Adalimumab ( Humira ) is effective for induction and maintenance of remission in patients with moderate to severe ulcerative colitis.
Researchers have assessed whether Adalimumab, in addition to standard ulcerative colitis therapy, reduced the risk for hospitalization ( from all causes, from complications of ulcerative colitis, or from complications of ulcerative colitis or the drugs used to treat it ) and colectomy in patients with moderate to severe ulcerative colitis compared with placebo.
Data were combined from patients that received induction therapy ( a 160-mg dose followed by an 80-mg dose of Adalimumab ) or placebo in 2 trials ( ULTRA 1 and ULTRA 2; n = 963 ).
The risks of hospitalization and colectomy were compared between groups using unadjusted rates during the 8-week induction period, and patient-year-adjusted rates during 52 weeks.
Significant reductions in risk of all-cause, ulcerative colitis-related, and ulcerative colitis- or drug-related hospitalizations ( by 40%, 50%, and 47%, respectively; P less than 0.05 for all comparisons ) were observed within the first 8 weeks of Adalimumab therapy compared with placebo.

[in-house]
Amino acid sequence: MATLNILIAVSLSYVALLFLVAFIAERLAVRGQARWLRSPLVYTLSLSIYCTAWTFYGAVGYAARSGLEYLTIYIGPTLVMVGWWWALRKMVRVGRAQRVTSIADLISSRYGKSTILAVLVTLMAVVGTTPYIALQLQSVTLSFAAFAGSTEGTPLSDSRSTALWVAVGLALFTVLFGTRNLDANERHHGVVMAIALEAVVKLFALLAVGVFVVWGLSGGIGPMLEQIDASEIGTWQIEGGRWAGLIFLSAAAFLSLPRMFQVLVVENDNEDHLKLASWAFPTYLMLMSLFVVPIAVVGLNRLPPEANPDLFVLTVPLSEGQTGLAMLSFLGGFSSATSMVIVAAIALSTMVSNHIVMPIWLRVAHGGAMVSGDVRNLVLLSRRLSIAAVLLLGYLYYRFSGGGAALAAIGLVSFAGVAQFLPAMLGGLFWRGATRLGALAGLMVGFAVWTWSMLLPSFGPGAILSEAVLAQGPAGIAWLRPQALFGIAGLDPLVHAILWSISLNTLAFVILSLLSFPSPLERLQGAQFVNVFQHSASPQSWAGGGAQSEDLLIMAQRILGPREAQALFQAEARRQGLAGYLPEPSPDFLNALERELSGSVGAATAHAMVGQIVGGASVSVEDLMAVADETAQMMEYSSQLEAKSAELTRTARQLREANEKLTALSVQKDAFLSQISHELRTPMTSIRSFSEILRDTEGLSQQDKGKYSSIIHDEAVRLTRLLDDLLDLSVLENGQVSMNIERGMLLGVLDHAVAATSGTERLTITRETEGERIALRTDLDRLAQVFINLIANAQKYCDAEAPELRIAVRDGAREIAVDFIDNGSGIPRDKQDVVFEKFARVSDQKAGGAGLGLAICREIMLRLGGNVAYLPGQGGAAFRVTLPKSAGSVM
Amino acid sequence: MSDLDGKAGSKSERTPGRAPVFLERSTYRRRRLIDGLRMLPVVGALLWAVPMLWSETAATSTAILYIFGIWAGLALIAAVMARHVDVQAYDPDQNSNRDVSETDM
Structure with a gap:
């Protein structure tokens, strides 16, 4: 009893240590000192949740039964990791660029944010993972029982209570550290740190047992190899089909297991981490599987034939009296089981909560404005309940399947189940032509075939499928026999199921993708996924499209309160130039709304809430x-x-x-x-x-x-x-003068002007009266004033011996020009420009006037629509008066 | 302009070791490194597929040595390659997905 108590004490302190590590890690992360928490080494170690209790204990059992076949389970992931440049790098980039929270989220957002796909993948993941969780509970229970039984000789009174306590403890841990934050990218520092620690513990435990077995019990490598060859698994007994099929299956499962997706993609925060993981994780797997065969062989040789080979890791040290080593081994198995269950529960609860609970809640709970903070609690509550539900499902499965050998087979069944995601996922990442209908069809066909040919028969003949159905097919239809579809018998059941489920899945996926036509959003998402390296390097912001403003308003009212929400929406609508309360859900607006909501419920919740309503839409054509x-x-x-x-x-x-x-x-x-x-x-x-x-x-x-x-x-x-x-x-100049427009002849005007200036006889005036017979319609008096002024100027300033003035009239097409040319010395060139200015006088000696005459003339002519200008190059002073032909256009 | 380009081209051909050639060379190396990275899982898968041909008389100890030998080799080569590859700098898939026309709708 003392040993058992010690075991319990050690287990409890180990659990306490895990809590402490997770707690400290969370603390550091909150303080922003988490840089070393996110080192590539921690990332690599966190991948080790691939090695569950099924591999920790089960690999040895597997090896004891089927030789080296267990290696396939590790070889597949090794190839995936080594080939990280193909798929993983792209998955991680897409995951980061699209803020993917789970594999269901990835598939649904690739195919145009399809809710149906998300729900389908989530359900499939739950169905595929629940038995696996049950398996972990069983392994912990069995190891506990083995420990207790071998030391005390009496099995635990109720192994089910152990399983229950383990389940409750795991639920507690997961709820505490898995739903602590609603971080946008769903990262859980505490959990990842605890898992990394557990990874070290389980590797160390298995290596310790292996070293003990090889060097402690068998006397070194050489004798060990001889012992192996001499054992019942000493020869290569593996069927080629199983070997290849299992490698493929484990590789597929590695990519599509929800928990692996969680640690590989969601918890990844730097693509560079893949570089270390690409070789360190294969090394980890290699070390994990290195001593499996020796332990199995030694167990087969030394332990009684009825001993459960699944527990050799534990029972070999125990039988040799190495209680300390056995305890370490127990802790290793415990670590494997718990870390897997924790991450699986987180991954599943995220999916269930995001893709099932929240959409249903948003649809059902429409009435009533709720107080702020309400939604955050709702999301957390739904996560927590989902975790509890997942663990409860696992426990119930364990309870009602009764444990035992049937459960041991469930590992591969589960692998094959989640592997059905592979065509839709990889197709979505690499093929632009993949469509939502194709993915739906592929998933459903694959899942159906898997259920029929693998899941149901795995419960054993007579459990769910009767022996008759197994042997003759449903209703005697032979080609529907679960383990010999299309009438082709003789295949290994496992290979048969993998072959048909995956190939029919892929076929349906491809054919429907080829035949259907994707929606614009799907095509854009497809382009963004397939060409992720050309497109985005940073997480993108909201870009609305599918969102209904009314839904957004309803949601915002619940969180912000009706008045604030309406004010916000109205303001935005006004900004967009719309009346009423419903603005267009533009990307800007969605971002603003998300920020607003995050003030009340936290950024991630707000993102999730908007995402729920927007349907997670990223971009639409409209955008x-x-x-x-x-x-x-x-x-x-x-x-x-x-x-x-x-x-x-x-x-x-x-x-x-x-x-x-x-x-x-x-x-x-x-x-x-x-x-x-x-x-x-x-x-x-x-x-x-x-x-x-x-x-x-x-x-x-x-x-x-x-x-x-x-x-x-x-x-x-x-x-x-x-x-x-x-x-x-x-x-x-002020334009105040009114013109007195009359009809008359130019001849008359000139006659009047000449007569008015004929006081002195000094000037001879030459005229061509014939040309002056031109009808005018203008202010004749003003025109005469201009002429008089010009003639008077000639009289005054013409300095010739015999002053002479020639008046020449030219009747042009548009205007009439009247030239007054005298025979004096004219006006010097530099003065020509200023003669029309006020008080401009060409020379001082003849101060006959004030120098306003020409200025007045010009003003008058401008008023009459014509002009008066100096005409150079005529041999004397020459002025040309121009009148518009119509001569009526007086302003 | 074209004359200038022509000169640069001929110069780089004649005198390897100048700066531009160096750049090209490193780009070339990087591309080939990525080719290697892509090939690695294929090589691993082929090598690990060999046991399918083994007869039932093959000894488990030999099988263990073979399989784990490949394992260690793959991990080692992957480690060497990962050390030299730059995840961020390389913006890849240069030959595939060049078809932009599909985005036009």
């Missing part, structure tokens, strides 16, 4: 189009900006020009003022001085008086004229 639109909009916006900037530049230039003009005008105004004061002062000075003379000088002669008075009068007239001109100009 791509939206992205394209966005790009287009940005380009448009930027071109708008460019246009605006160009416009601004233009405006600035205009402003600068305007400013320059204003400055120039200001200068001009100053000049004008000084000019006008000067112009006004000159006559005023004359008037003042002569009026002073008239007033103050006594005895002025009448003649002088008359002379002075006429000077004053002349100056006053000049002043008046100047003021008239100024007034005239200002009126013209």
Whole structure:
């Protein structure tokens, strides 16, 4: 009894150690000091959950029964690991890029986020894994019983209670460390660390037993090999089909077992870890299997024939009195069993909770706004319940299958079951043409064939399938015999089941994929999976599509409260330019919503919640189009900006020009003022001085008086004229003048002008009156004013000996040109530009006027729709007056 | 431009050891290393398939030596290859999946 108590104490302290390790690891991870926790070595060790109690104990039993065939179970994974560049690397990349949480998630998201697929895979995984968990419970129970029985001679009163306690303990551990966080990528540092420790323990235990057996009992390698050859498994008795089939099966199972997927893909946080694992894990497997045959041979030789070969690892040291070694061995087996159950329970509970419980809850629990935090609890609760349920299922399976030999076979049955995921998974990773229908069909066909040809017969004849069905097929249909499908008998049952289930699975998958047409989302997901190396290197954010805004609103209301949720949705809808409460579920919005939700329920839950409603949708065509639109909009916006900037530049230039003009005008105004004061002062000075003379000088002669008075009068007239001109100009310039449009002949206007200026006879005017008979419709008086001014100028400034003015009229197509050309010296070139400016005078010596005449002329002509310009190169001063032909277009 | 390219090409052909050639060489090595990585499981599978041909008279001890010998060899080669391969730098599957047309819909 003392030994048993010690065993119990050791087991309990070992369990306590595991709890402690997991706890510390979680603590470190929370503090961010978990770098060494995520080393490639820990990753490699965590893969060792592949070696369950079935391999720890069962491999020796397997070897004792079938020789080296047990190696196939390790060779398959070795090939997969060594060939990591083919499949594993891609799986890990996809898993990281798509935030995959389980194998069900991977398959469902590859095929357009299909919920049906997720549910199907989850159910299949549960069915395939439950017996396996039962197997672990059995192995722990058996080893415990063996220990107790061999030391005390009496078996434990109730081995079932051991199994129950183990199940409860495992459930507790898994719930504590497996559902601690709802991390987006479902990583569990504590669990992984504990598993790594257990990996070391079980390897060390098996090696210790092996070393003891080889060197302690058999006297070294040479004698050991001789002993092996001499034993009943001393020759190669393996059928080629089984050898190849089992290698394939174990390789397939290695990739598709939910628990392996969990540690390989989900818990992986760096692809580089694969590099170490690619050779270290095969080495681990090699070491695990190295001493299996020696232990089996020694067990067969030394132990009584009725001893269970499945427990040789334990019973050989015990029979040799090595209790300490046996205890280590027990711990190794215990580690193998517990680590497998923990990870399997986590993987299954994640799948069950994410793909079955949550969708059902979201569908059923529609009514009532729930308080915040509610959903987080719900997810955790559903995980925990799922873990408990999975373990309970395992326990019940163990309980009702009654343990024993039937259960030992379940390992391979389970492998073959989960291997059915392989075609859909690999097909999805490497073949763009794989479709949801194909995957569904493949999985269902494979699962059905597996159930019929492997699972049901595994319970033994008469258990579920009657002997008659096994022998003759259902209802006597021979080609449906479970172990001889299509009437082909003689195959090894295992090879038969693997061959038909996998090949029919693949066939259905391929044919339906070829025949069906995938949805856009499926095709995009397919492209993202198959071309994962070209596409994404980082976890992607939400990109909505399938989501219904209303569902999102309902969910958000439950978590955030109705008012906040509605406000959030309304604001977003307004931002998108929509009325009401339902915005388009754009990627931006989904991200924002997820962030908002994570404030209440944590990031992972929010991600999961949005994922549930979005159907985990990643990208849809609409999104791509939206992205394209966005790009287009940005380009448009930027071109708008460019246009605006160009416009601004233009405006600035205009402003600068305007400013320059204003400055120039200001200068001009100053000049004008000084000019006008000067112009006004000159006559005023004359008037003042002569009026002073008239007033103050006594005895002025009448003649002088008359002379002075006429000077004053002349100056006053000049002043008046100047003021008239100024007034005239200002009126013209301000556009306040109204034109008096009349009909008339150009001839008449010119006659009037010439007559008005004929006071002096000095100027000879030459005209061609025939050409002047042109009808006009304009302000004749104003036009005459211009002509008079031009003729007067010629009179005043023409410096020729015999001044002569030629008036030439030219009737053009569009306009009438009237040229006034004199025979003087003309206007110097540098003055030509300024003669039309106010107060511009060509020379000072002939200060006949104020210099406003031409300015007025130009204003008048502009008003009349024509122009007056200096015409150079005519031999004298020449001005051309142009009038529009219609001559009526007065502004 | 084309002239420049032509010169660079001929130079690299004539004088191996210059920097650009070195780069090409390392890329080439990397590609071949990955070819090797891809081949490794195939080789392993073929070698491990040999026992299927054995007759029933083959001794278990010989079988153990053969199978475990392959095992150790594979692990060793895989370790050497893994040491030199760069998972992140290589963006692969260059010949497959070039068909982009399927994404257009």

Significantly lower incidence rates for all-cause ( 0.18 vs 0.26; P=0.03 ), ulcerative colitis-related ( 0.12 vs 0.22; P=0.002 ), and ulcerative colitis- or drug-related ( 0.14 vs 0.24; P=0.005 ) hospitalizations were observed during 52 weeks of Adalimumab therapy compared with placebo.
Rates of colectomy did not differ significantly between patients given Adalimumab vs placebo.
In patients with moderate to severe ulcerative colitis, the addition of Adalimumab to standard of care treatment reduced the number of hospitalizations for any cause, as well as for ulcerative colitis-related and ulcerative colitis- or drug-related complications, compared with placebo. ( Xagena )
Feagan BG et al, Gastroenterology 2014;146:110-118